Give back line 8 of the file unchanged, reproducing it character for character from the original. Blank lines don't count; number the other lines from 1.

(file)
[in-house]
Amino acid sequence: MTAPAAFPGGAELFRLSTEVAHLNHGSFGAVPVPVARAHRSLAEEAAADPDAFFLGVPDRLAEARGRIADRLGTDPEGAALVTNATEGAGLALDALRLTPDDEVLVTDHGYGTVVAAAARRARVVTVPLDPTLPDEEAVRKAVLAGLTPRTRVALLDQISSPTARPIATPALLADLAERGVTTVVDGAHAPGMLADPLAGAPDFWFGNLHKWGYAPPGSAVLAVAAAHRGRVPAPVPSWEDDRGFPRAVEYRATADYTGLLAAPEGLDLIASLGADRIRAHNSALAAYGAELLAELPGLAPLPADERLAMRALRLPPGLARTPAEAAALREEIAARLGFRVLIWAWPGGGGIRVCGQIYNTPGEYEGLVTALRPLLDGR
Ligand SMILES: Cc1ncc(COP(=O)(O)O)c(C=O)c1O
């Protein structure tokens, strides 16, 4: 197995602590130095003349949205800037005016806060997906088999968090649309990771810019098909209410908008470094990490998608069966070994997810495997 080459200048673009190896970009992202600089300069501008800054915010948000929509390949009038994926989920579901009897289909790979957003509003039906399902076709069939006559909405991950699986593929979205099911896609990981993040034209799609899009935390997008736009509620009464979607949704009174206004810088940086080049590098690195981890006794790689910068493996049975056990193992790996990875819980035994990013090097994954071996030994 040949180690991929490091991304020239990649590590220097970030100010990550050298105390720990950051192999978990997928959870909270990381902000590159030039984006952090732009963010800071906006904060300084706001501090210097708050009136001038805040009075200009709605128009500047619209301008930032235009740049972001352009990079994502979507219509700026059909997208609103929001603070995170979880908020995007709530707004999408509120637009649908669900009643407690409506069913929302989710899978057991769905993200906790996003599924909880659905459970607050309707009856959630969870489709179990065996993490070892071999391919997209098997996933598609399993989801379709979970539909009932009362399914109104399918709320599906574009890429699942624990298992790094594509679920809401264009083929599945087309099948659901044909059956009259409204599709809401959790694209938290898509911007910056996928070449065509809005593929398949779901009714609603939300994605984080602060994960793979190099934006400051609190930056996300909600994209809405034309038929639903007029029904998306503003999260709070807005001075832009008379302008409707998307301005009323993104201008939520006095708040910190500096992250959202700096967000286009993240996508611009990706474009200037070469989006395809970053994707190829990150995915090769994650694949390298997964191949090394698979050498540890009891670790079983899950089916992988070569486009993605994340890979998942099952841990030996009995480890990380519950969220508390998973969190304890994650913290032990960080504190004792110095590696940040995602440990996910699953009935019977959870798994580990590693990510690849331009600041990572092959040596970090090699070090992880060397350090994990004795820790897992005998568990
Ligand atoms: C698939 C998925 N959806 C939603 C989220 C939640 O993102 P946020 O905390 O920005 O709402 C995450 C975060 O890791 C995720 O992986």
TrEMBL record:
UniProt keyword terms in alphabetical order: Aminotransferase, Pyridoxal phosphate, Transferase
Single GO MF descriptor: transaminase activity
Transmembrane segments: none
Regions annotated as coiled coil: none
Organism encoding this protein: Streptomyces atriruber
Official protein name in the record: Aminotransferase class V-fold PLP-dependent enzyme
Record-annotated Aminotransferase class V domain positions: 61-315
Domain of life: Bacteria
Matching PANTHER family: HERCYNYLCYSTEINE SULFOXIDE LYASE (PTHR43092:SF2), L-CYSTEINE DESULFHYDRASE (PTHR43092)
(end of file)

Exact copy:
Single GO MF descriptor: transaminase activity